“We only stick to those models that are relevant to us, loan book management and other stuff that we are actually looking at. That we are turning into a commercial bank is out of the picture. And those comments that we saw people making, sometimes people want to lead a conversation that they do not necessarily understand. The tender is very clear, it says we are looking for those particular models,” he emphasised.
He added, “The SME Bank was a fully fledged commercial bank while the DBN is a development finance institution. It does not have a commercial banking license. It is not regulated by the central bank, SME Bank was regulated by the central bank because it was taking.”
Transforming into a fully-fledged commercial bank goes beyond merely changing IT systems into fundamentally changing the law that speaks to its mandate, Mutumba said. “DBN has a mandate that is drawn by law so in order for us to become a commercial bank we need to change the law and take it away from the space of a development finance institution,” he said.
Development Bank of Namibia (DBN) Senior Manager: Corporate Communications, Jerome Mutumba, has announced that the Bank will visit the regional capitals of north-eastern Namibia in order to stimulate demand for development finance. The visits begin in Rundu on 5 February, continue to Nkurenkuru on 6 February, and end on 9 February in Katima Mulilo.
Talking about the regions, Kavango West, Kavango East and Zambezi, Mutumba says they hold significant opportunity for development, in terms of infrastructure and enterprise, however he notes that demand for finance can be strengthened, based on demand from local authorities and entrepreneurs, respectively.
Mutumba says that calls for finance from the regions are low in relation to their potential for economic activity. He illustrates this with the fact that, since inception, there has been no call for finance for tourism and hospitality. This flies in the face of the combination of tourism and hospitality potential, and the Bank’s ability to provide tailored finance, which is flexible, and meets the needs of the tourism industry in other regions of Namibia. The same, he says, is true of other sectors.
In reaching out to the north-eastern regions, Mutumba says the Bank is not only showing its capacity to provide finance, but also challenging entrepreneurs to come forward with their business plans and translate them into operational opportunities with the aid of DBN finance.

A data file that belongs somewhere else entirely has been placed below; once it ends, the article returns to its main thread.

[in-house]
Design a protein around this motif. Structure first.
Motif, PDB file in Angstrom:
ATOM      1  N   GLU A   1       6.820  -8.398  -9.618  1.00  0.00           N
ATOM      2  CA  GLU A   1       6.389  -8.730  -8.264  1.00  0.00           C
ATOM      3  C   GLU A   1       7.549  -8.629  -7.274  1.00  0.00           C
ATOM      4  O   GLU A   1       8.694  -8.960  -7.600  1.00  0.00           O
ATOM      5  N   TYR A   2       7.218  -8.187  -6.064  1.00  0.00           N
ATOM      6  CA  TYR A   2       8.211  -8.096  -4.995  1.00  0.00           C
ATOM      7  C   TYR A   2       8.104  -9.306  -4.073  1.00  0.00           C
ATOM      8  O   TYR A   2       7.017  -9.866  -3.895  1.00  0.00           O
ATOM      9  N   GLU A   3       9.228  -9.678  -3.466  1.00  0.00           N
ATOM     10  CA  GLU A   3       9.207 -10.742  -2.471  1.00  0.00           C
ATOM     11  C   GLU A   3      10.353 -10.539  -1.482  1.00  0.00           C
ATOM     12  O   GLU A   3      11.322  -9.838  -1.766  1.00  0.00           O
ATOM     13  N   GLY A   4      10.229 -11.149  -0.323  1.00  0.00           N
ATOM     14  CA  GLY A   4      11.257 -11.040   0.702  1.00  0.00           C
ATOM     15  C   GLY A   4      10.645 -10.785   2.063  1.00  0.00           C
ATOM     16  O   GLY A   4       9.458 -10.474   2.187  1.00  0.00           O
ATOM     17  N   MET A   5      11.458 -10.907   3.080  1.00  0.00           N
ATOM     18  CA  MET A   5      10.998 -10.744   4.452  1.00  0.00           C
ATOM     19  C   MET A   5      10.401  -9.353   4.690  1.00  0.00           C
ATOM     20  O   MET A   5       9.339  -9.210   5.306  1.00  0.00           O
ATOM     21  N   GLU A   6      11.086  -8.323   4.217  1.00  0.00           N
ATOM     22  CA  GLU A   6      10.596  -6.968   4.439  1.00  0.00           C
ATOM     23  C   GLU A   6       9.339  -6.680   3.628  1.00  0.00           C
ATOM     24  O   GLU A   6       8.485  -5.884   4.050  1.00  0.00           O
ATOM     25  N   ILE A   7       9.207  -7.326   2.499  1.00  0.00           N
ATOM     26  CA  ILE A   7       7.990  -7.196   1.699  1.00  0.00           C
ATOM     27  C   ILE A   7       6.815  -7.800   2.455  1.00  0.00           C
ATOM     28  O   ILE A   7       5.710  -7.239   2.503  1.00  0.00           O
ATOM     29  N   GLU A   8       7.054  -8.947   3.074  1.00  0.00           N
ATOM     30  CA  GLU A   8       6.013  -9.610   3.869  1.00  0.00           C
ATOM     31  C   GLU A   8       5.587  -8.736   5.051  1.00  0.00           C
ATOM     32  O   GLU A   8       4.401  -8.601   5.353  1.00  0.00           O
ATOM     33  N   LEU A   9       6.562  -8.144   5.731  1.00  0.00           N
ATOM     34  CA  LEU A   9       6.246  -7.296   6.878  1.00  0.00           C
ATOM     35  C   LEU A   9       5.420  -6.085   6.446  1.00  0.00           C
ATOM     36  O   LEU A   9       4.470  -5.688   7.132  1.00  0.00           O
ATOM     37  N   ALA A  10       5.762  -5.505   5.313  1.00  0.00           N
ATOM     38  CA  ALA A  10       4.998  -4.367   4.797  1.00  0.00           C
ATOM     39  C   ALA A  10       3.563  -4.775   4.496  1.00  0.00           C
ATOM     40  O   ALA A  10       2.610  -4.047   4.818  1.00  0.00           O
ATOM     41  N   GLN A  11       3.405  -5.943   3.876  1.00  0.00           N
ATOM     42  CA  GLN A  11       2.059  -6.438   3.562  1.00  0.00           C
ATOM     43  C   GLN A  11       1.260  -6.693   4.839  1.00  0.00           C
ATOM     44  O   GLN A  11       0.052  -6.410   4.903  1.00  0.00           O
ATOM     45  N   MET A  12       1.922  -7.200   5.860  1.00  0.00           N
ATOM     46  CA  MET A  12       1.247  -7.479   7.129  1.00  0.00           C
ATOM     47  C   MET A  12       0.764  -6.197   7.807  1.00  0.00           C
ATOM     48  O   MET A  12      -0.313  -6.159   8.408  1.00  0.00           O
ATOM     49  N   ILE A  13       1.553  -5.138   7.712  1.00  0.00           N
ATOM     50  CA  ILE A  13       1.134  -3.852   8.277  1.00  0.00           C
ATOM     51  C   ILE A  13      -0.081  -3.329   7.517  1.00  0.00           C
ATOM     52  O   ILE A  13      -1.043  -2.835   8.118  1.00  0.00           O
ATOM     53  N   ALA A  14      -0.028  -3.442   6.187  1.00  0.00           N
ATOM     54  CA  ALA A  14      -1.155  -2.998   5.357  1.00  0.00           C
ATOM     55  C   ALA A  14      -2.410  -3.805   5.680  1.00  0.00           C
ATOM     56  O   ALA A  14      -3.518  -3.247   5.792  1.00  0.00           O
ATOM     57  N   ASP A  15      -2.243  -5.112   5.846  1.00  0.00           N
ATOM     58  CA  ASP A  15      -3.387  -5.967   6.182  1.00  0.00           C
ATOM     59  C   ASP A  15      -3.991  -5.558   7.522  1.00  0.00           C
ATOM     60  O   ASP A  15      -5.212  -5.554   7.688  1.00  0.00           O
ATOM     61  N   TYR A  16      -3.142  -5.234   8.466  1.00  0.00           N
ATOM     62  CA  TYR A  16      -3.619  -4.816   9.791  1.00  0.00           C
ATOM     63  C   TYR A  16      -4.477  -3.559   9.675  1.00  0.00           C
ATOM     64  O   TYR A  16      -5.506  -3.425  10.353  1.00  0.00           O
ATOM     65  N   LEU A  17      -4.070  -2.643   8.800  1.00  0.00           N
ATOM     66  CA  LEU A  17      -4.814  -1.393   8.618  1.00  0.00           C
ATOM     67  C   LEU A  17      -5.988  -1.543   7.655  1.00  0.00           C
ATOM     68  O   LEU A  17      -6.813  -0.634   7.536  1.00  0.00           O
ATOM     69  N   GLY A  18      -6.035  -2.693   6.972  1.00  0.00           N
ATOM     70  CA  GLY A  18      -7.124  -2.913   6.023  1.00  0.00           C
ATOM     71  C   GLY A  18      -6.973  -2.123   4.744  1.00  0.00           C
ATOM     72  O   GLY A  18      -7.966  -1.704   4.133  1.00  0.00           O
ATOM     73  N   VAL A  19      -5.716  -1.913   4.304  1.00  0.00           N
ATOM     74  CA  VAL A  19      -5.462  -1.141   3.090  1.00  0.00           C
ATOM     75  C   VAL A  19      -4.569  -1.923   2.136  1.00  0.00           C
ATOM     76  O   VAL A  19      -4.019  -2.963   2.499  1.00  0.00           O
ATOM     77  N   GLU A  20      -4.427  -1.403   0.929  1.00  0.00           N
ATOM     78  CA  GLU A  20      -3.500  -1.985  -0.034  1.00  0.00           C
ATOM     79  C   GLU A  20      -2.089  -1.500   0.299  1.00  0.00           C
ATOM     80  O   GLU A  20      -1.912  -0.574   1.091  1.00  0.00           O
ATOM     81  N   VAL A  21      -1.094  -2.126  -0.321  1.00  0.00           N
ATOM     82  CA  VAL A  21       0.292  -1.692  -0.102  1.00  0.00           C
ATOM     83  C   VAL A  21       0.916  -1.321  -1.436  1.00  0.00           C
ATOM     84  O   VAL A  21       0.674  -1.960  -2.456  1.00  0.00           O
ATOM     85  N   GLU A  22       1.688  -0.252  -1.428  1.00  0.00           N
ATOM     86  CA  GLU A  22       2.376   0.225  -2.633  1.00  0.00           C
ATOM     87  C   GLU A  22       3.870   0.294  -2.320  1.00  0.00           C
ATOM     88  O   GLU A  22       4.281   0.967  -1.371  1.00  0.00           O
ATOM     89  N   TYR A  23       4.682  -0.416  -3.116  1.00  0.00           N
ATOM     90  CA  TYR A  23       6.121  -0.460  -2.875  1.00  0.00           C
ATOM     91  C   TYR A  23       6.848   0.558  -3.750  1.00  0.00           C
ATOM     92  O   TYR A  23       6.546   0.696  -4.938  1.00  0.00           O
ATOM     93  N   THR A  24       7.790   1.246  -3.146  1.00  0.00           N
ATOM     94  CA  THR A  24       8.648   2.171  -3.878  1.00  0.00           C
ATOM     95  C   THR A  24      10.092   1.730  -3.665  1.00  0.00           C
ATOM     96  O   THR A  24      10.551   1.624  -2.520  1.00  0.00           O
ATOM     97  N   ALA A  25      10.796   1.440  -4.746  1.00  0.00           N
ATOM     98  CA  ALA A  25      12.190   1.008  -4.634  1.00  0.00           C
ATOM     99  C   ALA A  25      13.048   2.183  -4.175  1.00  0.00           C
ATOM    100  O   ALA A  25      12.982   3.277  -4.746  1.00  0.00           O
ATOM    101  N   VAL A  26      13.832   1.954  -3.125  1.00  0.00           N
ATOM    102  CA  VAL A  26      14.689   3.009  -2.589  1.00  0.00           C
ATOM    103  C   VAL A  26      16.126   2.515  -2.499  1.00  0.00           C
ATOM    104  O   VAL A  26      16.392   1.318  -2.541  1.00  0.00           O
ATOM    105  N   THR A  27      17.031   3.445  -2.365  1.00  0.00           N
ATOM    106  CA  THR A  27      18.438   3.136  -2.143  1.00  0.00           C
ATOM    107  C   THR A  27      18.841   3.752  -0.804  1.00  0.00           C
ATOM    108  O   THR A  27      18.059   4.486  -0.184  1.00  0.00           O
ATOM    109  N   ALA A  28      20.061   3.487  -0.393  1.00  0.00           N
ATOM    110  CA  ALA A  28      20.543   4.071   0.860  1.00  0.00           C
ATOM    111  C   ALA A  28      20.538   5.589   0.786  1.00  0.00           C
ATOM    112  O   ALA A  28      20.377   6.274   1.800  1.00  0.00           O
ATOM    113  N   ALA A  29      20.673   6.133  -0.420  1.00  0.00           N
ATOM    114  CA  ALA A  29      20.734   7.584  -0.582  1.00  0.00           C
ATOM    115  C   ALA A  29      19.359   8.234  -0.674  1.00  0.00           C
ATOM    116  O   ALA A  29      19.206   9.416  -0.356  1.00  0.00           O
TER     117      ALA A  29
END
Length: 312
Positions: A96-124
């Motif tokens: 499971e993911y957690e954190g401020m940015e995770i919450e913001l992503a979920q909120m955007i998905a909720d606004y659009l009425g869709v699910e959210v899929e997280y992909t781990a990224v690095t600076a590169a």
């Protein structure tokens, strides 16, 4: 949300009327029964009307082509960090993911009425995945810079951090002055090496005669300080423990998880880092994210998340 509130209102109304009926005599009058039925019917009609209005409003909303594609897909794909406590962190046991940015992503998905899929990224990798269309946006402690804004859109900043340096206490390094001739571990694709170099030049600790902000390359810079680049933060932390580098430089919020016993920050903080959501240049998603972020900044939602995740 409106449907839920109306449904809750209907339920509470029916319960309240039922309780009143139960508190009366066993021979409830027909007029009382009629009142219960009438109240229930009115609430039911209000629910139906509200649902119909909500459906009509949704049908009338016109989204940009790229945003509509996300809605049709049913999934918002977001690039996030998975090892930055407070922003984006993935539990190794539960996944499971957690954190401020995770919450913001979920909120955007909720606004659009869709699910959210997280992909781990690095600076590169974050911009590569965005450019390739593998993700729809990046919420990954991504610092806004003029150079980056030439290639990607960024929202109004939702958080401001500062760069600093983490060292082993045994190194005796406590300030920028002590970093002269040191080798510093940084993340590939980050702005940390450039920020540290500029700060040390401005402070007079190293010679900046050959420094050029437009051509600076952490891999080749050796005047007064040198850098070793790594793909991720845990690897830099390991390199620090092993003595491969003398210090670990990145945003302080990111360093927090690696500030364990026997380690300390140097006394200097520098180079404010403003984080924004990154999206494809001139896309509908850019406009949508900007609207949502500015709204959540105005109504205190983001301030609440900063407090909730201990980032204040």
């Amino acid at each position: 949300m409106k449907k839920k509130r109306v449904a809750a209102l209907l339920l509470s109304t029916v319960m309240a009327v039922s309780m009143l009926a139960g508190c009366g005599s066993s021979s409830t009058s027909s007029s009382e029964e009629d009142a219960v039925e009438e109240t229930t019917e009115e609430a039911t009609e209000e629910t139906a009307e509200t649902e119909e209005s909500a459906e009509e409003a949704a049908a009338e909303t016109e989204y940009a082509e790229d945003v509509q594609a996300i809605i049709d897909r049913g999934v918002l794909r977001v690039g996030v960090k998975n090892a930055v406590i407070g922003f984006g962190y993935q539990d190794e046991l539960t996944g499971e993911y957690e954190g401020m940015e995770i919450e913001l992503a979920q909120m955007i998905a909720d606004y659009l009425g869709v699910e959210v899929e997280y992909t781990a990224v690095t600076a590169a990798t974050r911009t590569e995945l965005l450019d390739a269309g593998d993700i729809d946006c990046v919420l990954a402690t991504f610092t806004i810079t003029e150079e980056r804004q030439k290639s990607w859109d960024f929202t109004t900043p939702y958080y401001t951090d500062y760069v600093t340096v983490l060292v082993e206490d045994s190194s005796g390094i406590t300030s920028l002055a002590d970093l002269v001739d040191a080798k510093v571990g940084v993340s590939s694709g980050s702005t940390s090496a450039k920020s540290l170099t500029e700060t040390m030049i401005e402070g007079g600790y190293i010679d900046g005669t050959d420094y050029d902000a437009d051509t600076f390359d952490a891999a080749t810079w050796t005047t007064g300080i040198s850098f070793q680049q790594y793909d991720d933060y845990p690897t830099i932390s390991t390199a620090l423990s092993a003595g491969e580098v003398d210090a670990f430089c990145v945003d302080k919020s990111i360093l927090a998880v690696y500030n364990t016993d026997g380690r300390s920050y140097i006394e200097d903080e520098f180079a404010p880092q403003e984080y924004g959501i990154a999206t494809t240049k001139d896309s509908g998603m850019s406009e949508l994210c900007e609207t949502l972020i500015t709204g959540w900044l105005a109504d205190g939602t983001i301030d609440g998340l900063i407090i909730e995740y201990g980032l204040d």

The Bank, he says, seeks not only greater levels of economic activity spread across Namibian regions, but also a spread of sectoral activity across the regions.
The three regions, Mutumba says, are connected by the Kavango River, and this offers opportunities for coordination of activities which the Bank may finance. Tourism might explore and further develop the river as a travel route which can add value to tourism in the three regions. He also points to the riverine fishing industry, which is a source of fish regarded as a delicacy in many restaurants across Namibia. This, he says, indicates the need to explore potential for processing and packaging the fish.
Mutumba goes on to add that Nkurenkuru is a particular hotspot for development. As a recently proclaimed regional capital, the centre offers numerous opportunities for further development. This includes excellent possibilities for tourism and hospitality, wholesale and retail, and social enterprises such as private schools and private medical facilities.
On the topic of infrastructure finance for north-eastern Namibia, Mutumba says that the Bank is one of the central agencies tasked with contributing to development of infrastructure. In this light, he encourages local authorities in Zambezi, Kavango East and Kavango West, to approach the Bank.
The construction of a road, he says, stimulates wellbeing and enterprise at either end, and at all the centres alongside it. Servicing of land, and construction of housing, are important elements in the quest to improve social wellbeing, he continues. Local authorities can draw on the Bank’s expertise in the field of infrastructure financing as a pathway to development.
Mutumba concludes by saying that local authorities and entrepreneurs should view the Bank as a partner in achieving the goals of development of their respective regions. In order to develop the three regions, the Bank sees potential for cooperation and, consequently, expects more applications from the regions.